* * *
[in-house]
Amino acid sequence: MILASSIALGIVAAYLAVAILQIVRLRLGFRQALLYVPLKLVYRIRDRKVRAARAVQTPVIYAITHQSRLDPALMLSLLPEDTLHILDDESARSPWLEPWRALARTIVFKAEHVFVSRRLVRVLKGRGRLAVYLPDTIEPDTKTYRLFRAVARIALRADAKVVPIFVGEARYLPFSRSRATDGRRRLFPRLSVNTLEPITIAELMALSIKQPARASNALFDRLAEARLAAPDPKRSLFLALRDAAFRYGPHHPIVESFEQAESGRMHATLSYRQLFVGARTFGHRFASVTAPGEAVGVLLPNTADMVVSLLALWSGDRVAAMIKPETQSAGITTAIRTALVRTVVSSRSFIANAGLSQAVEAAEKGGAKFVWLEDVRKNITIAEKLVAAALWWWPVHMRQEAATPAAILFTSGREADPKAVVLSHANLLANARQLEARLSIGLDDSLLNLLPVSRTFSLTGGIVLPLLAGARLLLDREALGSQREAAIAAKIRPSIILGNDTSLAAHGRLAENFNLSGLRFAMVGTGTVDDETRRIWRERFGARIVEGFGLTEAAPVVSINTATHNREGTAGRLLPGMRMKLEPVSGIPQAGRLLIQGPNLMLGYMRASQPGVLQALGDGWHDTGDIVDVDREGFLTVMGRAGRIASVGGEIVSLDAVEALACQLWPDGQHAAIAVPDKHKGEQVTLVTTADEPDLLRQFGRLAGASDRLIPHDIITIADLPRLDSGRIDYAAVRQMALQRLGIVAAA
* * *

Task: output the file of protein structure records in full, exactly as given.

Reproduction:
[in-house]
Amino acid sequence: MILASSIALGIVAAYLAVAILQIVRLRLGFRQALLYVPLKLVYRIRDRKVRAARAVQTPVIYAITHQSRLDPALMLSLLPEDTLHILDDESARSPWLEPWRALARTIVFKAEHVFVSRRLVRVLKGRGRLAVYLPDTIEPDTKTYRLFRAVARIALRADAKVVPIFVGEARYLPFSRSRATDGRRRLFPRLSVNTLEPITIAELMALSIKQPARASNALFDRLAEARLAAPDPKRSLFLALRDAAFRYGPHHPIVESFEQAESGRMHATLSYRQLFVGARTFGHRFASVTAPGEAVGVLLPNTADMVVSLLALWSGDRVAAMIKPETQSAGITTAIRTALVRTVVSSRSFIANAGLSQAVEAAEKGGAKFVWLEDVRKNITIAEKLVAAALWWWPVHMRQEAATPAAILFTSGREADPKAVVLSHANLLANARQLEARLSIGLDDSLLNLLPVSRTFSLTGGIVLPLLAGARLLLDREALGSQREAAIAAKIRPSIILGNDTSLAAHGRLAENFNLSGLRFAMVGTGTVDDETRRIWRERFGARIVEGFGLTEAAPVVSINTATHNREGTAGRLLPGMRMKLEPVSGIPQAGRLLIQGPNLMLGYMRASQPGVLQALGDGWHDTGDIVDVDREGFLTVMGRAGRIASVGGEIVSLDAVEALACQLWPDGQHAAIAVPDKHKGEQVTLVTTADEPDLLRQFGRLAGASDRLIPHDIITIADLPRLDSGRIDYAAVRQMALQRLGIVAAA